January 3, 2011 by kyle from DMZhawaii.org
U.S. military helicopters buzzed the peace encampment near the Yambaru forest in Takae, at the northern end of Okinawa. Construction of the jungle warfare training area has begun. This is another site of community resistance to U.S. military base expansion in Okinawa, but it has gotten far less media attention than Futenma and Henoko. Groups in Japan are mobilizing to protest the U.S. expansion of training in the rainforest of Yambaru. They requested international groups to send messages of solidarity:
Email your message/request to: firstname.lastname@example.org
Please include in your email the following information:
*** Name (for an individual) or name of your organization
*** Your message/request (length is up to you)
Both Japanese and English messages will be accepted.
However, the U.S. Marine Corps has been using the Yambaru Forest for combat training. In 1957, th US military started using the area as “Northern Training Area” (Jungle Warfare Training Center), and currently there are 15 U.S. helicopter takeoff and landing zones (helipads) in Higashi Village. Residents of Takae have constantly suffered from the noise and the risk of helicopter crashes. To make matters worse, the Japanese and US governments decided to build 6 new helipads, surrounding the residential neighborhood of Takae.
Construction of new helipads will not only further endanger the livelihood and lives themselves of Takae residents, but also further destroy the precious environment with its wealth of species, forest and rivers. New military facilities also pave the way to the possibility of a new war. Residents of Takae have protested against the helipads construction for the above reasons. In 2006, we passed a resolution against the new helipads, and demanded of the relevant authorities that they review the construction plan. Takae residents and their supporters from across Japan and from around the world have continued to sit-in, monitoring the site and trying to persuade the government against the construction.
The Japanese and US governments, however, have not listened to the voices of opposition by the residents, and have not provided sincere explanation or proper opportunities for public hearing. The Japanese government even decided, all of a sudden, to prosecute some of the local protesters for obstructing traffic.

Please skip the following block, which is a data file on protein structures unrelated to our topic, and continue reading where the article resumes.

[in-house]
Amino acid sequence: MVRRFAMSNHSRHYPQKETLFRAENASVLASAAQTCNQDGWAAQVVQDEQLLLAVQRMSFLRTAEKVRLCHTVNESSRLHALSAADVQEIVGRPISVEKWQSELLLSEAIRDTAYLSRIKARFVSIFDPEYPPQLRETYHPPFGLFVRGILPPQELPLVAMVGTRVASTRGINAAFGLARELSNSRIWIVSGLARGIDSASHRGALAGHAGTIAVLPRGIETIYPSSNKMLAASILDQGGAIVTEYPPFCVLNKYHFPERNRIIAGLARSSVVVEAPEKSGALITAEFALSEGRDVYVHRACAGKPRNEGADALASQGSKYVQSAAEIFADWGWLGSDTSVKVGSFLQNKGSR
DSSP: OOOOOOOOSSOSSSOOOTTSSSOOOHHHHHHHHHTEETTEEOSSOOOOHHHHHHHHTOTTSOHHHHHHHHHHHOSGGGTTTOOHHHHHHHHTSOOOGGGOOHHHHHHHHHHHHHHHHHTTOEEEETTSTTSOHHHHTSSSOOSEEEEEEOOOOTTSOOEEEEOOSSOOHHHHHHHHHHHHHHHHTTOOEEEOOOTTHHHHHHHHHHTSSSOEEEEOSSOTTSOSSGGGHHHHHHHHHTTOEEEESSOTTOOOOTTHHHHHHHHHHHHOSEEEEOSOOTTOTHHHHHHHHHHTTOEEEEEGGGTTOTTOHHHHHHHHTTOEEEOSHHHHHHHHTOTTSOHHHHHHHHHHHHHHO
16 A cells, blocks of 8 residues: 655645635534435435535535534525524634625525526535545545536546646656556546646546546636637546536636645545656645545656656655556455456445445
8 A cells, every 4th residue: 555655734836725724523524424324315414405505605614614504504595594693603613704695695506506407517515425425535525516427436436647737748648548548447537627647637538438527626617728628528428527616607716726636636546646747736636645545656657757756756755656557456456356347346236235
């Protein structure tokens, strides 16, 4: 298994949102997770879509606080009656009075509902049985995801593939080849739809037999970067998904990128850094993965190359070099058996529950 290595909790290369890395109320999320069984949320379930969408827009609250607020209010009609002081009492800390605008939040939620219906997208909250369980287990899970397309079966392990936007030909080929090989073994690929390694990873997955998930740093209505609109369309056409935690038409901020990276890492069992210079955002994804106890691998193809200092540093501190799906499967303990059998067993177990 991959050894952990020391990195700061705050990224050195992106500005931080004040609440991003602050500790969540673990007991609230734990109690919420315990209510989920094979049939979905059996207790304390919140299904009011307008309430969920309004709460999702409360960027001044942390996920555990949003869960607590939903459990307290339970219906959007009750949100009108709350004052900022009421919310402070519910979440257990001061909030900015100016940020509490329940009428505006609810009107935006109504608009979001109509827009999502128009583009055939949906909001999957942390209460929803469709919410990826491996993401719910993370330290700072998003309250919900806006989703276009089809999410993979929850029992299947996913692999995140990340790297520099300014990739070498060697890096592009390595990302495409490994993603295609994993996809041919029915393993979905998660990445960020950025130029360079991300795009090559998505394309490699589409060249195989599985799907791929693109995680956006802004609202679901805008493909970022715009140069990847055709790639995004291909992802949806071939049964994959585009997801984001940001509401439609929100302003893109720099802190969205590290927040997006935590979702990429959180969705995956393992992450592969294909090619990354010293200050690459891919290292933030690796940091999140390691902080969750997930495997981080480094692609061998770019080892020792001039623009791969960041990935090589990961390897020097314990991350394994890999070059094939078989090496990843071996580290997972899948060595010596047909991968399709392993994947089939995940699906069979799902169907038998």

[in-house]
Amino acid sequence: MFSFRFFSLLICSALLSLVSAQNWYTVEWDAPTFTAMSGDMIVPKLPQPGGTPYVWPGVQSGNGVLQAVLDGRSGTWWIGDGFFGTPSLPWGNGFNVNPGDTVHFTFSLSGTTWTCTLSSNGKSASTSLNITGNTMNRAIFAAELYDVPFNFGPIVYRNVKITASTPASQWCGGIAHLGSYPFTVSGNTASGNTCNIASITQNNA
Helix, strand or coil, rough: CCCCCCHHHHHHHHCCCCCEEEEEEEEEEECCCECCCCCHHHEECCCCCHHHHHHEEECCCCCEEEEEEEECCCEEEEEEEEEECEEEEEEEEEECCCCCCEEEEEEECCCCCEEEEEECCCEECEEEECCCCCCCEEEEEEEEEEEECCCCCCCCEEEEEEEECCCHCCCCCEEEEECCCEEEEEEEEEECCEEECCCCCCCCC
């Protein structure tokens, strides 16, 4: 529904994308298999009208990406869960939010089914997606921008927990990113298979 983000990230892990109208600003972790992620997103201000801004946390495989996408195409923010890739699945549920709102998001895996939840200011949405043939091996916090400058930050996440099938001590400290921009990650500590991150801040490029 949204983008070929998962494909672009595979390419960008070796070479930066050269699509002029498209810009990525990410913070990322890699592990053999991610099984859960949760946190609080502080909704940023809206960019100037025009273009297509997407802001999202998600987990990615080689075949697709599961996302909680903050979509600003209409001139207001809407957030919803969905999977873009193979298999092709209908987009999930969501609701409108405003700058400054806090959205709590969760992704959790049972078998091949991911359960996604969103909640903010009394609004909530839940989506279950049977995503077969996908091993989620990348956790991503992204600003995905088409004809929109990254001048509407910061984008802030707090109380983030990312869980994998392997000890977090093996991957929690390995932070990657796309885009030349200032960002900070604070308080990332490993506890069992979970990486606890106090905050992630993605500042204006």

Just before dawn on December 22, 2010, at 6:30 AM, some 100 members of the Okinawa Defense Bureau, ignoring the ongoing court proceedings, barged into the site without warning to restart the helipad construction. On the next night, December 23rd, a US helicopter hovered only 15 meters above the sit-in tent, causing the tent to blow down. Such military exercise over a public road threatenｓ the safety of local residents. The Japanese and US governments are harming the people of Takae by forcing through the construction work without sufficient explanation or consent by local residents. Such an approach by the two governments is unacceptable.
Residents of the Henoko district in Nago City, where the Japanese and US governments plan to build a replacement base for MCAS Futenma, have also been sitting-in for over 2,400 days, in order to preserve their life and the beautiful ocean. We urge you also to say “NO” to the new base plan in Henoko.
Following our protest to the Ministry of Defense on December 22 and the December 26 demonstration in Shinjuku, “Save Takae/Okinawa – an urgent appeal and demonstration against construction of helipads,” we will go to the US Embassy in Tokyo and the Japanese Ministry of Defense on January 10 (Mon.), 2011, to protest. We would like to collect as many requests/demands as possible and deliver them to the US government. We accept both individual and organizational messages. Just one sentence message, such as “We do not need US helipads in the pristine forest” will suffice, or a longer message is welcome too. The Takae and Henoko issues are not just about war and military bases, but they are also about environmental preservation, biological diversity, and an alternative, “slow-life” lifestyle. Please express your message in your own words. Please follow the below instruction and send your message by January 8, 2011.
With our voices and with our actions, let us stop the helipad construction in Takae, and the base construction in Henoko. Let us bring a peaceful and fulfilling life to Takae and Henoko!
(The original document in Japanese is at: http://takae.ti-da.net/e3296164.html. Translated by Norimatsu Satoko and Gavan McCormack)